However, recent evidence has suggested that perceptual load theory may not be as comprehensive in explaining visual selection as once believed. Such evidence has tended to come in one of two forms. The first is in disrupting the empirical hallmark of perceptual load, where significant distractor interference occurs under low load and is eliminated or reduced under high load. Some evidence has challenged load theory by showing non-significant interference under low load (e.g., Paquet and Craig, 1997) or significant interference under high load (e.g., Biggs and Gibson, 2010; Cosman and Vecera, 2010). The second means of challenging load theory is through an alternative explanation as to why the empirical pattern arises in the first place (e.g., Tsal and Benoni, 2010). In either case of disputing evidence, other factors were shown to influence visual selection above and beyond the account of perceptual load theory. Two of these factors, particularly as the visual display is concerned, are salience and dilution.

According to the visual salience account of visual selection (Theeuwes, 1991, 1992, 1994; Theeuwes and Burger, 1998; Eltiti et al., 2005) the ability to ignore distractors depends critically on the relative salience of the distractor in question. This is supposedly because focal attention can be captured in a reflexive fashion by salient objects and events in the world. In this view, significant distractor interference should be observed regardless of the number of relevant items because the salience of a uniquely-colored distractor remains high across any load manipulation. Previous studies have placed load and salience in direct competition to better understand the relative contributions of each factor to visual selection, but the results have been mixed (Gibson and Bryant, 2008; Biggs and Gibson, 2010). On the one hand, some evidence suggests that load can dominate salience when low and high load displays are presented randomly, as reflected by a significant decrease in distractor interference for high load vs. low load trials (Gibson and Bryant, 2008; Biggs and Gibson, 2010, Experiment 1). On the other hand, some evidence suggests that salience can dominate load when low and high load displays are presented in separate blocks, as reflected by equal amounts of distractor interference observed across display load (Biggs and Gibson, 2010, Experiment 2).

The latter results, suggesting that salience can dominate load when knowledge of load increases (i.e., when high- and low-load displays are presented in separate blocks of trials), appear inconsistent with findings that salience effects typically decrease as display knowledge increases (Lamy and Yashar, 2008; Müller et al., 2009; but see, Pinto et al., 2005). Although, the fact that visual salience has any effect at all during the performance of this serial search task might be considered surprising. This is because observers typically adopt a relatively narrow focus of attention during these tasks and the computation of visual salience is thought to require a relatively wide focus of attention (Belopolsky et al., 2007). Because this pattern of distractor interference appears to lead to a puzzling conclusion, it is possible that the distractor interference observed by Biggs and Gibson (2010, Experiment 2) does not reflect capture by salience, but rather the operation of some other mechanism.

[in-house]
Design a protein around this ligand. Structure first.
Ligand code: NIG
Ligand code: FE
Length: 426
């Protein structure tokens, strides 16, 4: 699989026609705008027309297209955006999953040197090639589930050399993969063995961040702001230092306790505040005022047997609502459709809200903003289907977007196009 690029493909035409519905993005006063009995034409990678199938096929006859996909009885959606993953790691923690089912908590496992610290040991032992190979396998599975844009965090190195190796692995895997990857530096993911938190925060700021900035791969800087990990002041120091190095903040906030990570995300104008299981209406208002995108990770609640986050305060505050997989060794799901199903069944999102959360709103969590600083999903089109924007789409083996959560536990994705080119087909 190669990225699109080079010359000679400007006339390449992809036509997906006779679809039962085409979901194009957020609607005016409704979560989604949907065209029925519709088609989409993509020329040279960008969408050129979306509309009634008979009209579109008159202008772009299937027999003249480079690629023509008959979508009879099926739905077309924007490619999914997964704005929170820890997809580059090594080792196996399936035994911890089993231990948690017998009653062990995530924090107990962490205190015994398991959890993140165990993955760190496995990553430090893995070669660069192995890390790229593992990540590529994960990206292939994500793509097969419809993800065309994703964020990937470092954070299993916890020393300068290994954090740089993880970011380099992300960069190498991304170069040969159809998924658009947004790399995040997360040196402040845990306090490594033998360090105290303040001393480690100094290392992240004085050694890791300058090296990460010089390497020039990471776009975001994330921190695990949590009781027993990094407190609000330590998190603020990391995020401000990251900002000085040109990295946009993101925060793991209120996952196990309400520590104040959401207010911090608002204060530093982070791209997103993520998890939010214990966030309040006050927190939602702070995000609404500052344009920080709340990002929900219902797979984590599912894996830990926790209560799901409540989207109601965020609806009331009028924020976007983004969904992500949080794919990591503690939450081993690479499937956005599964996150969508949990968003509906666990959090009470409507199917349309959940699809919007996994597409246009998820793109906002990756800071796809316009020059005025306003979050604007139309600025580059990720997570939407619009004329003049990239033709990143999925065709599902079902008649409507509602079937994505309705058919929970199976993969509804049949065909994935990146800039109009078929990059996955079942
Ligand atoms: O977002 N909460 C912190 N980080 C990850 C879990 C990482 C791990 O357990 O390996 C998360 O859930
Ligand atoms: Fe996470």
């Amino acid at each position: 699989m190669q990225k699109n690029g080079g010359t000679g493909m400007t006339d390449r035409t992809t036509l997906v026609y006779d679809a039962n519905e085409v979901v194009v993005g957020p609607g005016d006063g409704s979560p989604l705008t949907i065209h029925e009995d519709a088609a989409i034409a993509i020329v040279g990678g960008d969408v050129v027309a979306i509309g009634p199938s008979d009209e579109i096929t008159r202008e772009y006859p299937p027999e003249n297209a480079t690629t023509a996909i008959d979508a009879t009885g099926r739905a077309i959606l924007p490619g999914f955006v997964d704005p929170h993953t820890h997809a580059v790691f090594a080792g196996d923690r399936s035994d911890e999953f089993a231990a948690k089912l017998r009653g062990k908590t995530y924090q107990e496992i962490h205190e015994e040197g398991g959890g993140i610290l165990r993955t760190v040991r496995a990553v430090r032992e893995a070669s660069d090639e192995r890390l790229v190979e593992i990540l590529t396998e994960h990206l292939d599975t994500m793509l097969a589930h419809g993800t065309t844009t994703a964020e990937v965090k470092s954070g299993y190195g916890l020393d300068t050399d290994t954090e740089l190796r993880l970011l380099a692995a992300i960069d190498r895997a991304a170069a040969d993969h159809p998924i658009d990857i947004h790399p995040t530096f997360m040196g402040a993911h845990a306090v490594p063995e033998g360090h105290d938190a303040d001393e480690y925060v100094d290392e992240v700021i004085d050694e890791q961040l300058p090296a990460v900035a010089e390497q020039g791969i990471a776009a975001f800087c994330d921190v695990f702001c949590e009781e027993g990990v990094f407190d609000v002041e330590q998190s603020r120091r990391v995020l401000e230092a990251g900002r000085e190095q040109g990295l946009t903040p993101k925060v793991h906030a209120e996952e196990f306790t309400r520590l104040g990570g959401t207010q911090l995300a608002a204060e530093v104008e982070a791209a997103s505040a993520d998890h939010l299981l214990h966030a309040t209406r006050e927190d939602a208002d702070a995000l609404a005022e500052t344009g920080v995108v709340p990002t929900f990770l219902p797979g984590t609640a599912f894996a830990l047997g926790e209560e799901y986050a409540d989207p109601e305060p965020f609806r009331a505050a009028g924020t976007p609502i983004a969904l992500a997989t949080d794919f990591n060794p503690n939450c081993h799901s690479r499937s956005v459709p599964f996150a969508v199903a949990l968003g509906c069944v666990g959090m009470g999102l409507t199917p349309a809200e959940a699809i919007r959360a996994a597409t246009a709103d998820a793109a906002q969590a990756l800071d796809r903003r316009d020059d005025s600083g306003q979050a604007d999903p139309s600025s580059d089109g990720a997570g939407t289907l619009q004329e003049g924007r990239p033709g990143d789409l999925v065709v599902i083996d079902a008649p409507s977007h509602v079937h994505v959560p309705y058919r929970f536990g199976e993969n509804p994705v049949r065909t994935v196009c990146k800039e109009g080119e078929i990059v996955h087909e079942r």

Another such mechanism affecting these various results is the dilution of distractor interference (Benoni and Tsal, 2010; Tsal and Benoni, 2010; Wilson et al., 2011). According to this alternative dilution account, there are two opposing factors that may be confounded with manipulations of load. One factor involves the dilution of distractor identities by other display items (see also Benoni and Tsal, 2010; Wilson et al., 2011). For example, a common manipulation of perceptual load is display size (e.g., Lavie, 1995; Lavie and Cox, 1997), but the addition of multiple non-target identities decreases (or “dilutes”) the amount of interference the distractor identity is capable of generating. High perceptual load then produces less distractor interference due to the potency of the critical distractor, not a difference in visual selection. The second factor involves exposure duration. When exposure duration is not controlled, it usually increases as a function of perceptual load because task performance is more difficult under conditions of high load than under conditions of low load. Increases in exposure duration, in turn, typically cause increases in distractor interference because observers are exposed to the distractors for longer periods of time (Gibson et al., 2009).